Collins English Dictionary - Complete & Unabridged 10th Edition
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Etymonline
Word Origin & History

pound
"measure of weight," O.E. pund, from W.Gmc. stem *punda- "pound" as a measure of weight (cf. Goth. pund, O.H.G. pfunt, Ger. Pfund, M.Du. pont, O.Fris., O.N. pund), early borrowing from L. pondo "pound," originally in libra pondo "a pound by weight," from pondo (adv.) "by weight," ablative of *pondus
"weight" (see span (v.)). Meaning "unit of money" was in O.E., originally "pound of silver." At first "12 ounces;" meaning "16 ounces" was established before late 14c. Pound cake (1747) so called because it has a pound, more or less, of each ingredient. Pound of flesh is from "Merchant of Venice" IV.i. The abbreviations lb., £ are from libra, and reflect the medieval custom of keeping accounts in Latin.

pound
"enclosed place for animals," late O.E. pundfald "penfold, pound," related to pyndan "to dam up, enclose (water)," and thus from the same root as pond. Ultimate origin unknown; no certain cognates beyond Eng.

pound
"pulverize," O.E. punian "crush," from W.Gmc. *puno-, stem of *punojanan (cf. Low Ger. pun, Du. puin "fragments"). With intrusive -d- from 16c.
Online Etymology Dictionary, © 2010 Douglas Harper
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American Heritage
Medical Dictionary

pound (pound)
n.

  1. A unit of weight that is the basis of the avoirdupois system, equal to 16 ounces or 453.592 grams.

  2. A unit of apothecary weight equal to 12 ounces or 373.242 grams.

The American Heritage® Stedman's Medical Dictionary
Copyright © 2002, 2001, 1995 by Houghton Mifflin Company. Published by Houghton Mifflin Company.
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American Heritage
Science Dictionary
lb  
Abbreviation of pound
pound   (pound)  Pronunciation Key 
A unit of weight in the US Customary System equal to 16 ounces (0.45 kilograms). See Table at measurement. See Note at weight.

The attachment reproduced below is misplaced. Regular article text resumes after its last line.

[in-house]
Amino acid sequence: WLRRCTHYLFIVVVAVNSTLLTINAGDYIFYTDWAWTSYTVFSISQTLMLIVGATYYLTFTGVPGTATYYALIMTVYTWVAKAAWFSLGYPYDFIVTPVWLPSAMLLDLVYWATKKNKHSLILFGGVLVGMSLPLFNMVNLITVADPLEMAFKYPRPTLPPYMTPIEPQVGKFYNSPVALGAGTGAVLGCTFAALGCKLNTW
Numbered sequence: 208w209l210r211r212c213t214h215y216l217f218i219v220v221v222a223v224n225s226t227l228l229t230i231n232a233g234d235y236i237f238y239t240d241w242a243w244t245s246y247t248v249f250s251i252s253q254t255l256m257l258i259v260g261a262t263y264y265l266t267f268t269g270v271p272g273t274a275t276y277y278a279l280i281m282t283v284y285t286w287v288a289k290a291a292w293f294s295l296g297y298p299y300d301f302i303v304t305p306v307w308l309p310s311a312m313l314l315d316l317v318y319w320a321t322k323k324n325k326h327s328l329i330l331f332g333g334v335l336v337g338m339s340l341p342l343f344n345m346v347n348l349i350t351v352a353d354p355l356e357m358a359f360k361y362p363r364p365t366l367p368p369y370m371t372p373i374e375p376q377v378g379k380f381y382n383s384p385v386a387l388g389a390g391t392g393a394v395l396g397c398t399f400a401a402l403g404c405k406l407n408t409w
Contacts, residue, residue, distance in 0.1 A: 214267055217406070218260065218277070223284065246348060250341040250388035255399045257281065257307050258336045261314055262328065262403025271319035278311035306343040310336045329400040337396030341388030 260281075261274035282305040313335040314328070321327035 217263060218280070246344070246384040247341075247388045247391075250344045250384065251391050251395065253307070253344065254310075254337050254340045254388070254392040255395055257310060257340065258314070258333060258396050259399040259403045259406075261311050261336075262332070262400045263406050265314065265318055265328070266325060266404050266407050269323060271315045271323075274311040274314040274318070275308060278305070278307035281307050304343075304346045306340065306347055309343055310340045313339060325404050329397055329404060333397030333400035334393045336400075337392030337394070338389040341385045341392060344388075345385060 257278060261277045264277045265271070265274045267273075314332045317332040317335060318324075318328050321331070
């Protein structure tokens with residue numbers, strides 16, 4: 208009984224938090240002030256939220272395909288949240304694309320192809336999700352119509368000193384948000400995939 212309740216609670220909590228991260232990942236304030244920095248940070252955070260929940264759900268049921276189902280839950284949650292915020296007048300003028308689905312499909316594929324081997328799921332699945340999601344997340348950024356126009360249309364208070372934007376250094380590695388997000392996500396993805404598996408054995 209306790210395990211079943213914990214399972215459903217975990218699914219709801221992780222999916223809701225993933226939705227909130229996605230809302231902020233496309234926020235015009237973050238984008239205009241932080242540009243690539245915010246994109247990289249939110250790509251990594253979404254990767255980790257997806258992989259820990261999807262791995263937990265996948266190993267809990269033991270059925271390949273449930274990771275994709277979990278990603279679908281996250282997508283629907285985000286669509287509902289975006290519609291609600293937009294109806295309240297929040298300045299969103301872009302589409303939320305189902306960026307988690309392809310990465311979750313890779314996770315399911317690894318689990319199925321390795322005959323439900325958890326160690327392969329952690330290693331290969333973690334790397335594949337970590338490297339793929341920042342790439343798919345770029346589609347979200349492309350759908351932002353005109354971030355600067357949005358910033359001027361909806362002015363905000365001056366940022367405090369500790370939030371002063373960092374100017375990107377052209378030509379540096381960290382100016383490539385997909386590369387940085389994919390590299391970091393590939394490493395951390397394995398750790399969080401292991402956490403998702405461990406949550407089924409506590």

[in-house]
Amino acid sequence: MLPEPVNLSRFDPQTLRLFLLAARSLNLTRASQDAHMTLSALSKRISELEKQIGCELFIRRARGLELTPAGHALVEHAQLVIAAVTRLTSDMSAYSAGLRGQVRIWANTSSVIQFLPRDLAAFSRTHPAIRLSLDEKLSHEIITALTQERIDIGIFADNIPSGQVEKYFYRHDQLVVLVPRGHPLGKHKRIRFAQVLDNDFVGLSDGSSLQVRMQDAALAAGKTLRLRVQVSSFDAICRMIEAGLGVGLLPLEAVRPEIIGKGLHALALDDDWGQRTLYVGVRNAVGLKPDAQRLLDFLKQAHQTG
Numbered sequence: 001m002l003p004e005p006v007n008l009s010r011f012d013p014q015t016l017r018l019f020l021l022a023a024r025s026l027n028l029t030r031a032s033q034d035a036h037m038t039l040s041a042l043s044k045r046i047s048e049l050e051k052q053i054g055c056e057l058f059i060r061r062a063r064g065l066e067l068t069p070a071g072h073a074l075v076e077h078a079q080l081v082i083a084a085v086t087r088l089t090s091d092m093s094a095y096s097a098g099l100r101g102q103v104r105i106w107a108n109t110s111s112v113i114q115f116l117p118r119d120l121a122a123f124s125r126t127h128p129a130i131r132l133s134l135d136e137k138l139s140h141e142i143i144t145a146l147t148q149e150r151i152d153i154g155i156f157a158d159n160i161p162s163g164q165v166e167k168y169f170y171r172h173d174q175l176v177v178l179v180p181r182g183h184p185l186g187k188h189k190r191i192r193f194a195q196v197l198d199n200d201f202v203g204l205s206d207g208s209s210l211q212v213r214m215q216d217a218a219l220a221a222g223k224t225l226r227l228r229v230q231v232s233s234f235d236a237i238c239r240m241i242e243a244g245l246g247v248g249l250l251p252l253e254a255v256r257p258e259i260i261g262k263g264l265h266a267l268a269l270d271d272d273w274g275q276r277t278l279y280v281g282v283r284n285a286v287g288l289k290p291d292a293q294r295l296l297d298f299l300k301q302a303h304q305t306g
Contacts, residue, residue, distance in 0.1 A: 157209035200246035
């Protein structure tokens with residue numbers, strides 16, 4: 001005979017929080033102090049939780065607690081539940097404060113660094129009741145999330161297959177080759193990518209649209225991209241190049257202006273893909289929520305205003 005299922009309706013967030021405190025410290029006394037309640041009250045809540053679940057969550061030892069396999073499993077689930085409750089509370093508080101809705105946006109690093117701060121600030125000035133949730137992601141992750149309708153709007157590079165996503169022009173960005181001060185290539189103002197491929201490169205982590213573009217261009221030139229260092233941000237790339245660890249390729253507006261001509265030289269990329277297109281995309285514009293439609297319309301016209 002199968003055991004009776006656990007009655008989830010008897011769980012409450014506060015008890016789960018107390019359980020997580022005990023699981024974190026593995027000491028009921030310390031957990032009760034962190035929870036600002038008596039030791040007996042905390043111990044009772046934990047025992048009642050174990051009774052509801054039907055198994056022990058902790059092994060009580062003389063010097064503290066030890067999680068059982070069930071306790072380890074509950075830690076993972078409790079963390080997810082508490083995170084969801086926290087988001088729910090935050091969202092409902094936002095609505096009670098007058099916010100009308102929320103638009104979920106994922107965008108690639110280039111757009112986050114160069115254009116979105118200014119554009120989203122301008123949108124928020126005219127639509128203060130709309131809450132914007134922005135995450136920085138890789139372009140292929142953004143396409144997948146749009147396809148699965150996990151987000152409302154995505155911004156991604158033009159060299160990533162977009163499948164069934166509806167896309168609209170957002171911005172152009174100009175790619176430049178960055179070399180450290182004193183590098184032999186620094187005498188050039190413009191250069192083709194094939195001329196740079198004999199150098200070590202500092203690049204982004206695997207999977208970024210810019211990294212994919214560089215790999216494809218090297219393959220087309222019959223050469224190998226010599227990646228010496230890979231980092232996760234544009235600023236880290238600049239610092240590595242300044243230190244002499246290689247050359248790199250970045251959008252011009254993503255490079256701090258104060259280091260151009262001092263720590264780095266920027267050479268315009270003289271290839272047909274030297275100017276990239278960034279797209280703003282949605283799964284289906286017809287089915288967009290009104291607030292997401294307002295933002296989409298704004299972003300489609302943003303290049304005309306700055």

The American Heritage® Science Dictionary
Copyright © 2002. Published by Houghton Mifflin. All rights reserved.
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FOLDOC
Computing Dictionary

lb definition

networking
The country code for Lebanon.
(1999-01-27)

The Free On-line Dictionary of Computing, © Denis Howe 2010 http://foldoc.org
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American Heritage
Abbreviations & Acronyms
lb
luxemburgeois
LB
  1. Labrador

  2. large bowel

  3. Liberia (international vehicle ID)

  4. linebacker

lb.
Latin libra (pound)
The American Heritage® Abbreviations Dictionary, Third Edition
Copyright © 2005 by Houghton Mifflin Company.
Published by Houghton Mifflin Company. All rights reserved.
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Easton
Bible Dictionary

Pound definition


(1.) A weight. Heb. maneh, equal to 100 shekels (1 Kings 10:17; Ezra 2:69; Neh. 7:71, 72). Gr. litra, equal to about 12 oz. avoirdupois (John 12:3; 19:39). (2.) A sum of money; the Gr. mna or mina (Luke 19:13, 16, 18, 20, 24, 25). It was equal to 100 drachmas, and was of the value of about $3, 6s. 8d. of our money. (See MONEY.)

Easton's 1897 Bible Dictionary
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Matching Quote
"The whole bank, which is from twenty to forty feet high, is sometimes overlaid with a mass of this kind of foliage, or sandy rupture, for a quarter of a mile on one or both sides, the produce of one spring day. What makes this sand foliage remarkable is its springing into existence thus suddenly. When I see on the one side the inert bank,—for the sun acts on one side first,—and on the other this luxuriant foliage, the creation of an hour, I am affected as if in a peculiar sense I stood in the laboratory of the Artist who made the world and me,—had come to where he was still at work, sporting on this bank, and with excess of energy strewing his fresh designs about. I feel as if I were nearer to the vitals of the globe, for this sandy overflow is something such a foliaceous mass as the vitals of the animal body. You find thus in the very sands an anticipation of the vegetable leaf. No wonder that the earth expresses itself outwardly in leaves, it labors with the idea inwardly. The atoms have already learned this law, and are pregnant by it. The overhanging leaf sees here its prototype. Internally, whether in the globe or animal body, it is a moist thick lobe, a word especially applicable to the liver and lungs and the leaves of fat (leibo, labor, lapsus, to flow or slip downward, a lapsing; lobos, globus, lobe, globe; also lap, flap, and many other words); externally, a dry thin leaf, even as the f and v are a pressed and dried b. The radicals of lobe are lb, the soft mass of the b (single-lobed, or B, double-lobed), with the liquid l behind it pressing it forward. In globe, glb, the gutteral g adds to the meaning the capacity of the throat. The feather and wings of birds are still drier and thinner leaves. Thus, also, you pass from the lumpish grub in the earth to the airy and fluttering butterfly. The very globe continually transcends and translates itself, and becomes winged in its orbit."